History of Modern Greece

The Greek War of Independence, also known as the Greek Revolution was a successful war of independence waged by the Greek revolutionaries between 1821 and 1830, with later assistance from several European powers, against the Ottoman Empire, who were assisted by their vassals, the Eyalet of Egypt and partly the Vilayet of Tunisia.

The Greek War of Independence began in 1821 and concluded in 1830 when England, France, and Russia forced the Ottoman Empire to grant Greece its independence under a European monarch, Bavarian prince Otto. He was deposed 30 years later, and the Great Powers chose a prince of the Danish House of Glucksberg as his successor. He became George I, King of the Hellenes. 

At independence, Greece had an area of 47,515 square kilometers (18,346 square mi.), and its northern boundary extended from the Gulf of Volos to the Gulf of Arta. Under the influence of the “Meagali Idea,” of expanding the Greek state to include all areas of Greek population, Greece acquired the Ionian Islands in 1864; Thessaly and part of Epirus in 1881; Macedonia, Crete, Epirus, and the Aegean Islands in 1913; Western Thrace in 1918; and the Dodecanese Islands in 1947. 

Greece entered World War I in 1917 on the side of the Allies. After the war, Greece took part in the Allied occupation of Turkey, where many Greeks still lived. In 1921, the Greek army marched toward Ankara, but was defeated by Turkish forces led by Mustafa Kemal (later Ataturk) and forced to withdraw. In a forced exchange of populations, more than 1.3 million Christian refugees from Turkey poured into Greece, creating enormous challenges for the Greek economy and society.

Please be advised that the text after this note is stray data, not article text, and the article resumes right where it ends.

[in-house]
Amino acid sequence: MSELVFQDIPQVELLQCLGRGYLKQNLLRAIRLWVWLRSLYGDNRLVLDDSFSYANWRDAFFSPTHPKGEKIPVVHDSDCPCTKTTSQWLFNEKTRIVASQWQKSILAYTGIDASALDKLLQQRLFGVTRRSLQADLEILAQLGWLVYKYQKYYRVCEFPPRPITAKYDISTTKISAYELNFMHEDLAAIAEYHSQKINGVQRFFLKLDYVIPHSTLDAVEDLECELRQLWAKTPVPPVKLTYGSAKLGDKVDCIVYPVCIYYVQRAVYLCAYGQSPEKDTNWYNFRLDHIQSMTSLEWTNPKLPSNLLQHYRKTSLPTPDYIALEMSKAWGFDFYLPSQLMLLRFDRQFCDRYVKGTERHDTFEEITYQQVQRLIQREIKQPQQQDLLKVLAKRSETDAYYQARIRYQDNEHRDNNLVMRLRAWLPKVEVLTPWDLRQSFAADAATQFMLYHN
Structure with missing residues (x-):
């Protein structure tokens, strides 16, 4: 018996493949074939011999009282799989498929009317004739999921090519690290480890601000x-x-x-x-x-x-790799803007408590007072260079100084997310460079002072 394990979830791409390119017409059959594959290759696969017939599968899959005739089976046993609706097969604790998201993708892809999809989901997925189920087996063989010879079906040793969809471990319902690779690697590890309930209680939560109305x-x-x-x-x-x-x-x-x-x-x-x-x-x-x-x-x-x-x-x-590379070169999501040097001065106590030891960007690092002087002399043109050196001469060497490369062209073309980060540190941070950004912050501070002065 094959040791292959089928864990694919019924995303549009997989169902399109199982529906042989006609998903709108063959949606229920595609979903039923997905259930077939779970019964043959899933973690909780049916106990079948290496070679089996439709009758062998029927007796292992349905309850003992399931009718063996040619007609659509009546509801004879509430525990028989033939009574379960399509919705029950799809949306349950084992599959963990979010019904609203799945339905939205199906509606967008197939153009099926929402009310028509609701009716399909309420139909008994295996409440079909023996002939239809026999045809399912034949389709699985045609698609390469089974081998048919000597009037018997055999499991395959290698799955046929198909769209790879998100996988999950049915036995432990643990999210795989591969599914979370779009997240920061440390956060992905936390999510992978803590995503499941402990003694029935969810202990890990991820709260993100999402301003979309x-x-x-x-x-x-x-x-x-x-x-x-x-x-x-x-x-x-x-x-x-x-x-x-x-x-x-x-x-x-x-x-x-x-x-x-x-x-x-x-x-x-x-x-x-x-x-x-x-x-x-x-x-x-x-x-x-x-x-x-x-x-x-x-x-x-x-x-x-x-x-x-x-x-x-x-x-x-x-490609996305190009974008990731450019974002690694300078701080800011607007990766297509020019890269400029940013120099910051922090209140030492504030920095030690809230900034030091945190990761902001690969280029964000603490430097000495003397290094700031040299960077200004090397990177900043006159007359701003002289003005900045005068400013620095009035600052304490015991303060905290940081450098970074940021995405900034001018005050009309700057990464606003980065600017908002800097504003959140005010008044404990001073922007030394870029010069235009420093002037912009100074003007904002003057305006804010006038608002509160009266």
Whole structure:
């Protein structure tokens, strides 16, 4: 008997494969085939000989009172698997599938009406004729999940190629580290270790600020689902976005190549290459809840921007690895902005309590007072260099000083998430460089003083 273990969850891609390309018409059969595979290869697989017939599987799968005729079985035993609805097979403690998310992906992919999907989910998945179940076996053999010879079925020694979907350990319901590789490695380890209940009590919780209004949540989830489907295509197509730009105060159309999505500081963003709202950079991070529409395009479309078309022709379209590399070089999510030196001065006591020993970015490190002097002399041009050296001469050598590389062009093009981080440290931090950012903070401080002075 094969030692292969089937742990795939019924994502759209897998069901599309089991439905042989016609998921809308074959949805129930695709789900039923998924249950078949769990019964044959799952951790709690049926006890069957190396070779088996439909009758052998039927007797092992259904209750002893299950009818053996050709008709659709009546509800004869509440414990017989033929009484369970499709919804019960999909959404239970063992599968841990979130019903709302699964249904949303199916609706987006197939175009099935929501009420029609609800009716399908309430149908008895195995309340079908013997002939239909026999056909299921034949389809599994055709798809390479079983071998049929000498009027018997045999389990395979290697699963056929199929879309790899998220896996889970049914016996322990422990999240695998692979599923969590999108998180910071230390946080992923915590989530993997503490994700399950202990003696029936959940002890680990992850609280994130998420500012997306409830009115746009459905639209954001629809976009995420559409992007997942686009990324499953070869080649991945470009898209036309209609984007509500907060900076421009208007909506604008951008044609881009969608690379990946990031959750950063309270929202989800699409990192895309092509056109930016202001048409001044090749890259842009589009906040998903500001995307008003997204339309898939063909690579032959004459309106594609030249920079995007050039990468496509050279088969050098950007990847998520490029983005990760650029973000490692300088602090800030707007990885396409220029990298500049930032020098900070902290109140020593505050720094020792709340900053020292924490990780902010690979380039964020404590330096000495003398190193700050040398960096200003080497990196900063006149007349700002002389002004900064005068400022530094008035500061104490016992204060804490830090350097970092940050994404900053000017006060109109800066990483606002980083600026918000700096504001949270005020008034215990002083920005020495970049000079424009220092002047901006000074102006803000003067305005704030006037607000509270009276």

Greek politics, particularly between the two world wars, involved a struggle for power between monarchists and republicans. Greece was proclaimed a republic in 1924, but George II returned to the throne in 1935. A plebiscite in 1946 upheld the monarchy, which was finally abolished by referendum on December 8, 1974. 

Greece’s entry into World War II was precipitated by the Italian invasion on October 28, 1940. Despite Italian superiority in numbers and equipment, determined Greek defenders drove the invaders back into Albania. Hitler was forced to divert German troops to protect his southern flank and overran Greece in 1941. German forces withdrew in October 1944, and the government in exile returned to Athens. 

After the German withdrawal, the principal Greek resistance movement, which was controlled by the communists, refused to disarm. A banned demonstration by resistance forces in Athens in December 1944 ended in battles with Greek Government and British forces. Continuing tensions led to the outbreak of full-fledged civil war in 1946. First the United Kingdom and later the U.S. gave extensive military and economic aid to the Greek government. In 1947, Secretary of State George C. Marshall implemented the Marshall Plan under President Truman, which focused on the economic recovery and the rebuilding of Europe. The U.S. contributed millions of dollars to rebuilding Greece in terms of buildings, agriculture, and industry. 

In August 1949, the National Army forced the remaining insurgents to surrender or flee to Greece’s communist neighbors. The insurgency resulted in 100,000 killed, 700,000 displaced persons inside the country, and catastrophic economic disruption. This civil war left deep political division in Greek society between leftist and rightist.